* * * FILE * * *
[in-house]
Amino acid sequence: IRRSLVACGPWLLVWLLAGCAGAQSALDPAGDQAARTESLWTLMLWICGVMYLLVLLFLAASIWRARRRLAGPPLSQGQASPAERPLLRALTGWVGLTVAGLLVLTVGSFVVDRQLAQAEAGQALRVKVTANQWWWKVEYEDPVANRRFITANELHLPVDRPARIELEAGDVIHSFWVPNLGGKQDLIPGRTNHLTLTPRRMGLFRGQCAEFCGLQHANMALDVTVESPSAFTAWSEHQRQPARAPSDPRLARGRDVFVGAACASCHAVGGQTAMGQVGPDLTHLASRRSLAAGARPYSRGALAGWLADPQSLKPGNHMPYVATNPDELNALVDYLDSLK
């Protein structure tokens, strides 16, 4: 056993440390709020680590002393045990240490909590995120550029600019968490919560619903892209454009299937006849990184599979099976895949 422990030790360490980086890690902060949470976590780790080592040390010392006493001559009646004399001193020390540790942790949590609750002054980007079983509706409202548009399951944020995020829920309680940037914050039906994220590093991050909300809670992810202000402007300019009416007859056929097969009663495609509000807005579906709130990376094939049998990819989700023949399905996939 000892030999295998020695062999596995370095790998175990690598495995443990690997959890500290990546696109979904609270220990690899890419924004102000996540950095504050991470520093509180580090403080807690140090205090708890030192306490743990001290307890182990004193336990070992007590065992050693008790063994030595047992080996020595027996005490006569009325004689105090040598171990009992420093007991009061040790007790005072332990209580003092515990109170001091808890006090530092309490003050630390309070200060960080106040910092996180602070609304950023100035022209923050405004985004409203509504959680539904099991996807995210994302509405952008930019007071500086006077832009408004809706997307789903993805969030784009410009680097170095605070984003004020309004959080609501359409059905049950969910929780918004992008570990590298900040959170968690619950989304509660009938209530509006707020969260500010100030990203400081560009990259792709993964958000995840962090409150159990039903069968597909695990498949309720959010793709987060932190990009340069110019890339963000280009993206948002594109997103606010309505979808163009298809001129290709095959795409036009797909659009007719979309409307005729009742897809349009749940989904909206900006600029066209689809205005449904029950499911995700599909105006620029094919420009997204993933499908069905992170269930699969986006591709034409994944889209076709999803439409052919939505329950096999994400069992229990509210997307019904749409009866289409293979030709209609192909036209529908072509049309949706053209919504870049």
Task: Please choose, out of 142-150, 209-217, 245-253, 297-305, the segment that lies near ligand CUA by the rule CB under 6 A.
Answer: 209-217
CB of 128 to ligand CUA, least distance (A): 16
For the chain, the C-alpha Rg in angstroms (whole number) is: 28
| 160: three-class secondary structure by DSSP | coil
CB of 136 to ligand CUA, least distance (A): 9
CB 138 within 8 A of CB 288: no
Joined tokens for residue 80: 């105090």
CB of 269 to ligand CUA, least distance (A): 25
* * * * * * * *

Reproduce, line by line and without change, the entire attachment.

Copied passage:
[in-house]
Amino acid sequence: IRRSLVACGPWLLVWLLAGCAGAQSALDPAGDQAARTESLWTLMLWICGVMYLLVLLFLAASIWRARRRLAGPPLSQGQASPAERPLLRALTGWVGLTVAGLLVLTVGSFVVDRQLAQAEAGQALRVKVTANQWWWKVEYEDPVANRRFITANELHLPVDRPARIELEAGDVIHSFWVPNLGGKQDLIPGRTNHLTLTPRRMGLFRGQCAEFCGLQHANMALDVTVESPSAFTAWSEHQRQPARAPSDPRLARGRDVFVGAACASCHAVGGQTAMGQVGPDLTHLASRRSLAAGARPYSRGALAGWLADPQSLKPGNHMPYVATNPDELNALVDYLDSLK
């Protein structure tokens, strides 16, 4: 056993440390709020680590002393045990240490909590995120550029600019968490919560619903892209454009299937006849990184599979099976895949 422990030790360490980086890690902060949470976590780790080592040390010392006493001559009646004399001193020390540790942790949590609750002054980007079983509706409202548009399951944020995020829920309680940037914050039906994220590093991050909300809670992810202000402007300019009416007859056929097969009663495609509000807005579906709130990376094939049998990819989700023949399905996939 000892030999295998020695062999596995370095790998175990690598495995443990690997959890500290990546696109979904609270220990690899890419924004102000996540950095504050991470520093509180580090403080807690140090205090708890030192306490743990001290307890182990004193336990070992007590065992050693008790063994030595047992080996020595027996005490006569009325004689105090040598171990009992420093007991009061040790007790005072332990209580003092515990109170001091808890006090530092309490003050630390309070200060960080106040910092996180602070609304950023100035022209923050405004985004409203509504959680539904099991996807995210994302509405952008930019007071500086006077832009408004809706997307789903993805969030784009410009680097170095605070984003004020309004959080609501359409059905049950969910929780918004992008570990590298900040959170968690619950989304509660009938209530509006707020969260500010100030990203400081560009990259792709993964958000995840962090409150159990039903069968597909695990498949309720959010793709987060932190990009340069110019890339963000280009993206948002594109997103606010309505979808163009298809001129290709095959795409036009797909659009007719979309409307005729009742897809349009749940989904909206900006600029066209689809205005449904029950499911995700599909105006620029094919420009997204993933499908069905992170269930699969986006591709034409994944889209076709999803439409052919939505329950096999994400069992229990509210997307019904749409009866289409293979030709209609192909036209529908072509049309949706053209919504870049």
Task: Please choose, out of 142-150, 209-217, 245-253, 297-305, the segment that lies near ligand CUA by the rule CB under 6 A.
Answer: 209-217
CB of 128 to ligand CUA, least distance (A): 16
For the chain, the C-alpha Rg in angstroms (whole number) is: 28
| 160: three-class secondary structure by DSSP | coil
CB of 136 to ligand CUA, least distance (A): 9
CB 138 within 8 A of CB 288: no
Joined tokens for residue 80: 């105090």
CB of 269 to ligand CUA, least distance (A): 25